Examine successes

Reflect on the project’s successes, and highlight the key factors that contribute to positive outcomes. It’s equally important to document lessons learned to inform future projects and sustain continuous improvement.

Turn project management principles into project success with Confluence

Effective collaboration is essential for unified adherence to project management principles. Collaboration, communication, and documentation are critical elements of every project management effort, from ideation to execution and assessment.

Confluence brings everyone together in a connected workspace to move projects forward. Teams can create, edit, share, and collaborate on project plans seamlessly, keeping everyone on the same page. Confluence can improve project management team performance and lead to more efficient project execution. It can also deliver greater value to team members, stakeholders, and the business.

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Project management principles: Frequently asked questions

What is Agile project management?

The Agile project management methodology combines the sprints of Scrum with the continuous information sharing and feedback of Kanban. It focuses project management teams on continuous improvement and delivering value to stakeholders. It's flexibility and cross-functional team support make Agile highly effective for managing projects subject to change.

What are common challenges in project management?

All project management efforts face similar challenges, such as:

  • Scope creep. As a project proceeds, needs, requirements, stakeholder desires, and external influences can also change. These changes can cause deviations from the original plan. They can also lead to budget overruns, delays, and disappointed stakeholders. A detailed plan with a well-defined project timeline and regular communication with stakeholders can help minimize or eliminate scope creep.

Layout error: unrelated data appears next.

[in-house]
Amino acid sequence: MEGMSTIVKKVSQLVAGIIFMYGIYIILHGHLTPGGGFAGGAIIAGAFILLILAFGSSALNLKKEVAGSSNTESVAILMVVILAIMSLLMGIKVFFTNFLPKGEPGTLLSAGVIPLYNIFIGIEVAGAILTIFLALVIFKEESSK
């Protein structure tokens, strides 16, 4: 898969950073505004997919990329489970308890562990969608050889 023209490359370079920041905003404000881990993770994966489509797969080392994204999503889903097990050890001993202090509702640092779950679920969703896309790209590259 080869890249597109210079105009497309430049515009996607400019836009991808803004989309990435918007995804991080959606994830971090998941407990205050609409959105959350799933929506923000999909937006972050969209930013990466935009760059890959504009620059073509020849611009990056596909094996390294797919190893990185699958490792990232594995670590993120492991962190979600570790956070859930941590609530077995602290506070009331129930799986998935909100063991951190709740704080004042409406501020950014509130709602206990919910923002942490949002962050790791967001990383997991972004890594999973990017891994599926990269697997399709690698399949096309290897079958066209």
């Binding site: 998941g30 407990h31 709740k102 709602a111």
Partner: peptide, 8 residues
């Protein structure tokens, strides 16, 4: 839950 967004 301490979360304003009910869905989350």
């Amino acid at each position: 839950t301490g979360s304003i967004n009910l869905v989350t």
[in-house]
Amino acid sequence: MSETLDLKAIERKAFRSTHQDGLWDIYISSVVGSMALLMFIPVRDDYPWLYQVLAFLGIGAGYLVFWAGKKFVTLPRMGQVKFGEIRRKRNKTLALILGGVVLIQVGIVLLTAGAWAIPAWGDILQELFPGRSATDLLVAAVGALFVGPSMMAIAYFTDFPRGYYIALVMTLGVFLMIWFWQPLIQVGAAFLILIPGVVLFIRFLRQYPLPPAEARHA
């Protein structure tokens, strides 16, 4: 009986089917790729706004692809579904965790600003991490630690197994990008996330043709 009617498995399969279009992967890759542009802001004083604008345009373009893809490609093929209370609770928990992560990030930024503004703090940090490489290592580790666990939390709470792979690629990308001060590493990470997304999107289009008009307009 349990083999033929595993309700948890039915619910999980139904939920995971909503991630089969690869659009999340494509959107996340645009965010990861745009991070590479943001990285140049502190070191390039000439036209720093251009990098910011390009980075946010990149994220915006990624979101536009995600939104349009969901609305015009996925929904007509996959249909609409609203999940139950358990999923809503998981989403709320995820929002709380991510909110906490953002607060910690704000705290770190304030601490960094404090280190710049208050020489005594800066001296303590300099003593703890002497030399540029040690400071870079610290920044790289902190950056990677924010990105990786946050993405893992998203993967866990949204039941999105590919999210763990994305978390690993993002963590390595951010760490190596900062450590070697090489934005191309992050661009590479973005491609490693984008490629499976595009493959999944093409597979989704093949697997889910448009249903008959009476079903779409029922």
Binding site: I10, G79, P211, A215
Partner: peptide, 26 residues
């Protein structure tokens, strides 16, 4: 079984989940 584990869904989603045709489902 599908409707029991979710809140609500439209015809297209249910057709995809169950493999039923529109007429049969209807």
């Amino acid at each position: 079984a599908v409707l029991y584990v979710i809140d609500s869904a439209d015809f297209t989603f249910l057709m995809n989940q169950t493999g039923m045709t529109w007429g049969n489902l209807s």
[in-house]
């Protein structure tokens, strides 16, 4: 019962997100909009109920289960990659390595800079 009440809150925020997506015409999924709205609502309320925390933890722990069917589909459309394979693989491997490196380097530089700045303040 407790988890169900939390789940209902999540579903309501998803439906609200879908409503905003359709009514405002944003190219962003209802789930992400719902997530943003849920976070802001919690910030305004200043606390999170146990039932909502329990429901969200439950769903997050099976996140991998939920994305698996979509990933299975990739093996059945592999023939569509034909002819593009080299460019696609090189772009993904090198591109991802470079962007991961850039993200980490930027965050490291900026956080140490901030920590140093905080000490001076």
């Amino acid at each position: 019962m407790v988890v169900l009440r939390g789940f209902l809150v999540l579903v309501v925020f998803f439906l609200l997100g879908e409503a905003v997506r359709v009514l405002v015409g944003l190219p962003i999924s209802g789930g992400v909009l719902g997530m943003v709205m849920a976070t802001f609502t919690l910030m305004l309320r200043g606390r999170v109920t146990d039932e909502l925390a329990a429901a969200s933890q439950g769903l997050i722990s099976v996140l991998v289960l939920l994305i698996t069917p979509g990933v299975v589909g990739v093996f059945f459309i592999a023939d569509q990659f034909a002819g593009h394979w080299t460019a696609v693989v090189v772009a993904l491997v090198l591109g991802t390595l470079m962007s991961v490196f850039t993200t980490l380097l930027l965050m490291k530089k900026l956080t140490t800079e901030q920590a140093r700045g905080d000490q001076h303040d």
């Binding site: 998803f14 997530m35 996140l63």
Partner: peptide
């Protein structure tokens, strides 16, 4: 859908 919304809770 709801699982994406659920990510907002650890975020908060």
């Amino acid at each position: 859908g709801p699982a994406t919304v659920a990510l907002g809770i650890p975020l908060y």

• Unrealistic deadlines. Overly ambitious deadlines can lead to missed milestones. Project managers must balance what stakeholders want and what is achievable with the available resources. 
  • Insufficient resources. Every project must deal with limited availability of money, time, and talent. Realistic, conservative budgets and accurate cost estimates can help, but teams should expect to face resource constraints beyond their plans and forecasts.
  • Poor communication. Ineffective communication can lead to misunderstandings, unclear and unmet expectations, additional work, and missed deadlines. Consistent communication can help you avoid scope creep and manage stakeholder expectations.
  • Change and risk management. Project management plans must include well-documented risk identification and mitigation processes and adaptation to sudden changes. This can help minimize project disruptions and delays.
  • Monitoring, evaluating, and documenting progress. Consistent monitoring and evaluation can keep projects on track and identify challenges before they become problems. Documentation of monitoring efforts and evaluations can help keep team members and stakeholders informed and engaged.

What are the different project management methodologies?

Here are some of the methodologies most widely used for project management.

  • Kanban: Kanban focuses on the visualization of tasks and progress. It relies on a shared physical or digital whiteboard typically divided into columns, each labeled with a stage of the workflow —To Do, In Progress, and Completed, for example. Kanban’s visual approach means everyone can see and follow the work as a project progresses. This keeps everyone informed and aligned with each other and the project objectives. Kanban can also help teams be more adaptable and flexible in the face of changing needs or priorities.
  • Waterfall: Waterfall project management is more linear and sequential than other methods. Waterfall projects typically have well-defined requirements for planning, design, development, testing, and deployment. Waterfall projects demand strict adherence to plans and close alignment with declared requirements and objectives.
  • Scrum: The Scrum methodology includes a highly structured framework. It defines specific team member roles and the length of each work cycle or sprint. Teams hold daily meetings to review progress and map upcoming sprints. This methodology is well-suited for complex projects and active stakeholder involvement.